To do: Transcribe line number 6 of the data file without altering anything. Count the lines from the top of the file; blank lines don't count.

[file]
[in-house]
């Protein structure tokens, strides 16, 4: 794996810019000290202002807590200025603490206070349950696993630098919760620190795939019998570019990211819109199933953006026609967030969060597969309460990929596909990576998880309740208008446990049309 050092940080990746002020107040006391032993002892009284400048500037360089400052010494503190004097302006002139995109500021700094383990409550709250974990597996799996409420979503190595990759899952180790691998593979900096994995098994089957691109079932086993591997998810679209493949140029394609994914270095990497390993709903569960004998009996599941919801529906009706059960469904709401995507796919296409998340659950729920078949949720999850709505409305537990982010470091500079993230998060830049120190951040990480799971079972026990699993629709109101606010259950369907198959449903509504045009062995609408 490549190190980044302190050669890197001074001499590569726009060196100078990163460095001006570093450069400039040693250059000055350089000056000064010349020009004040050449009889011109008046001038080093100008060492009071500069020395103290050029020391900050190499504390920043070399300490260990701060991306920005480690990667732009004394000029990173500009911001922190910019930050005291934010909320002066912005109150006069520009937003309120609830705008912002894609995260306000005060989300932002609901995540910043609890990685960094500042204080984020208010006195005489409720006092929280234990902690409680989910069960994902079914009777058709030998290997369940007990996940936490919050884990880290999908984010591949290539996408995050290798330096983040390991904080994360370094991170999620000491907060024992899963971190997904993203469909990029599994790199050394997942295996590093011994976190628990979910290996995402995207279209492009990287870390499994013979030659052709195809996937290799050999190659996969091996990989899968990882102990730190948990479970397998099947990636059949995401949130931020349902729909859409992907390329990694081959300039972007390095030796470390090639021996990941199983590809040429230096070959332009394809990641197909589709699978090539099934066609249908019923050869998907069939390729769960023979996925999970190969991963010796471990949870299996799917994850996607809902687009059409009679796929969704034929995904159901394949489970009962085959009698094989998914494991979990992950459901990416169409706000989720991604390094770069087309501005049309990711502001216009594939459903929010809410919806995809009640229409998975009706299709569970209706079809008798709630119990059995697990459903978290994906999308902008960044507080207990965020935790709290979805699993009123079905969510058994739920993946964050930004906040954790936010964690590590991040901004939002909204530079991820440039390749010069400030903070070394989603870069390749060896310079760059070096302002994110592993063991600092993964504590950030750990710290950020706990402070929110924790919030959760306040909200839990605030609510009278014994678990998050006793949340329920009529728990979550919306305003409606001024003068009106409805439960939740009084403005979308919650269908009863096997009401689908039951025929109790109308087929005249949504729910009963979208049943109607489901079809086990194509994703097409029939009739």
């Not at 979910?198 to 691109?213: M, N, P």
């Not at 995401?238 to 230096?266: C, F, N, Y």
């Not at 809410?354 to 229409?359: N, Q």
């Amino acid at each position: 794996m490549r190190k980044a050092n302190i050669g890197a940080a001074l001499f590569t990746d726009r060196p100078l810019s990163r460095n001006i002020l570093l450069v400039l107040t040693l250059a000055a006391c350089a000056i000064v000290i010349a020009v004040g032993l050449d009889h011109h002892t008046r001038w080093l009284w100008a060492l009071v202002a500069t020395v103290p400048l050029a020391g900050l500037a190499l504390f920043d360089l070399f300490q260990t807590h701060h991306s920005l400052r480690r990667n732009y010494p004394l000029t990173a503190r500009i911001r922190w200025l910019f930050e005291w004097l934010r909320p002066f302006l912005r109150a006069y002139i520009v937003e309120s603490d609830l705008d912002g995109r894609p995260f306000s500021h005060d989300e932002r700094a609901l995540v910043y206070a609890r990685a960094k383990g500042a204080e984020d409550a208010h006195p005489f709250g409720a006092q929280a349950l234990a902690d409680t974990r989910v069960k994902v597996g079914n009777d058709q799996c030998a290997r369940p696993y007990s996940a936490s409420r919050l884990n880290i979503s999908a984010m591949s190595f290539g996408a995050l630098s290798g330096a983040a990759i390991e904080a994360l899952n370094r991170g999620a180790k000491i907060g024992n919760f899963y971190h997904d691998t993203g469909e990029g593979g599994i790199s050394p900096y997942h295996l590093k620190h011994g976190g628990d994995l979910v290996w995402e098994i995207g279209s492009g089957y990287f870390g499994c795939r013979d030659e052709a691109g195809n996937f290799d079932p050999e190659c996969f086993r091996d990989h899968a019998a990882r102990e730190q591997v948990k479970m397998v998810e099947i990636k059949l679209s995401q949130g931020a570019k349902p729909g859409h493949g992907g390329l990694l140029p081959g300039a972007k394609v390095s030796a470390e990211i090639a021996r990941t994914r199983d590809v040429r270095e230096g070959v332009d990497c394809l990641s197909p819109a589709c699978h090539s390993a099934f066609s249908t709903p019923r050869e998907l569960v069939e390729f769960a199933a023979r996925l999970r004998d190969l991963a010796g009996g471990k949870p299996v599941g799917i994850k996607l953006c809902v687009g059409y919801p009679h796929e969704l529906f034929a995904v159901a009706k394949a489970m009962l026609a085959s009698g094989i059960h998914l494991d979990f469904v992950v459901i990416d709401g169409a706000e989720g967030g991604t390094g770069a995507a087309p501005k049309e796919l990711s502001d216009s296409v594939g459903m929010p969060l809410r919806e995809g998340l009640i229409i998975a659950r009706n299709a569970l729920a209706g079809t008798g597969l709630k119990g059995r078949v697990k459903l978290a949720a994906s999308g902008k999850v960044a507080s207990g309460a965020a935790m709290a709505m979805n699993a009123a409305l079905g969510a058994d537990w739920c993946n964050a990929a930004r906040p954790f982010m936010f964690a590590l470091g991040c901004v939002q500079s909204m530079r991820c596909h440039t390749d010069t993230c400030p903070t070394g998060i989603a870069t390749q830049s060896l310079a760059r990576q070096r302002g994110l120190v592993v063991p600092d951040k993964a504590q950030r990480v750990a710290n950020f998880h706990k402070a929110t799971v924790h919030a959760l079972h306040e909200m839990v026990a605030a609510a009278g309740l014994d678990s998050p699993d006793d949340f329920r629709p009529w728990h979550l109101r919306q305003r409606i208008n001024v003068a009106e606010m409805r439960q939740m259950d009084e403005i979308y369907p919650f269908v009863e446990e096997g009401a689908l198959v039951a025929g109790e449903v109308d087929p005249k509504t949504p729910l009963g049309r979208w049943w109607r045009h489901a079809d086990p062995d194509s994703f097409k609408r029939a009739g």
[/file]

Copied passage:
């Amino acid at each position: 794996m490549r190190k980044a050092n302190i050669g890197a940080a001074l001499f590569t990746d726009r060196p100078l810019s990163r460095n001006i002020l570093l450069v400039l107040t040693l250059a000055a006391c350089a000056i000064v000290i010349a020009v004040g032993l050449d009889h011109h002892t008046r001038w080093l009284w100008a060492l009071v202002a500069t020395v103290p400048l050029a020391g900050l500037a190499l504390f920043d360089l070399f300490q260990t807590h701060h991306s920005l400052r480690r990667n732009y010494p004394l000029t990173a503190r500009i911001r922190w200025l910019f930050e005291w004097l934010r909320p002066f302006l912005r109150a006069y002139i520009v937003e309120s603490d609830l705008d912002g995109r894609p995260f306000s500021h005060d989300e932002r700094a609901l995540v910043y206070a609890r990685a960094k383990g500042a204080e984020d409550a208010h006195p005489f709250g409720a006092q929280a349950l234990a902690d409680t974990r989910v069960k994902v597996g079914n009777d058709q799996c030998a290997r369940p696993y007990s996940a936490s409420r919050l884990n880290i979503s999908a984010m591949s190595f290539g996408a995050l630098s290798g330096a983040a990759i390991e904080a994360l899952n370094r991170g999620a180790k000491i907060g024992n919760f899963y971190h997904d691998t993203g469909e990029g593979g599994i790199s050394p900096y997942h295996l590093k620190h011994g976190g628990d994995l979910v290996w995402e098994i995207g279209s492009g089957y990287f870390g499994c795939r013979d030659e052709a691109g195809n996937f290799d079932p050999e190659c996969f086993r091996d990989h899968a019998a990882r102990e730190q591997v948990k479970m397998v998810e099947i990636k059949l679209s995401q949130g931020a570019k349902p729909g859409h493949g992907g390329l990694l140029p081959g300039a972007k394609v390095s030796a470390e990211i090639a021996r990941t994914r199983d590809v040429r270095e230096g070959v332009d990497c394809l990641s197909p819109a589709c699978h090539s390993a099934f066609s249908t709903p019923r050869e998907l569960v069939e390729f769960a199933a023979r996925l999970r004998d190969l991963a010796g009996g471990k949870p299996v599941g799917i994850k996607l953006c809902v687009g059409y919801p009679h796929e969704l529906f034929a995904v159901a009706k394949a489970m009962l026609a085959s009698g094989i059960h998914l494991d979990f469904v992950v459901i990416d709401g169409a706000e989720g967030g991604t390094g770069a995507a087309p501005k049309e796919l990711s502001d216009s296409v594939g459903m929010p969060l809410r919806e995809g998340l009640i229409i998975a659950r009706n299709a569970l729920a209706g079809t008798g597969l709630k119990g059995r078949v697990k459903l978290a949720a994906s999308g902008k999850v960044a507080s207990g309460a965020a935790m709290a709505m979805n699993a009123a409305l079905g969510a058994d537990w739920c993946n964050a990929a930004r906040p954790f982010m936010f964690a590590l470091g991040c901004v939002q500079s909204m530079r991820c596909h440039t390749d010069t993230c400030p903070t070394g998060i989603a870069t390749q830049s060896l310079a760059r990576q070096r302002g994110l120190v592993v063991p600092d951040k993964a504590q950030r990480v750990a710290n950020f998880h706990k402070a929110t799971v924790h919030a959760l079972h306040e909200m839990v026990a605030a609510a009278g309740l014994d678990s998050p699993d006793d949340f329920r629709p009529w728990h979550l109101r919306q305003r409606i208008n001024v003068a009106e606010m409805r439960q939740m259950d009084e403005i979308y369907p919650f269908v009863e446990e096997g009401a689908l198959v039951a025929g109790e449903v109308d087929p005249k509504t949504p729910l009963g049309r979208w049943w109607r045009h489901a079809d086990p062995d194509s994703f097409k609408r029939a009739g």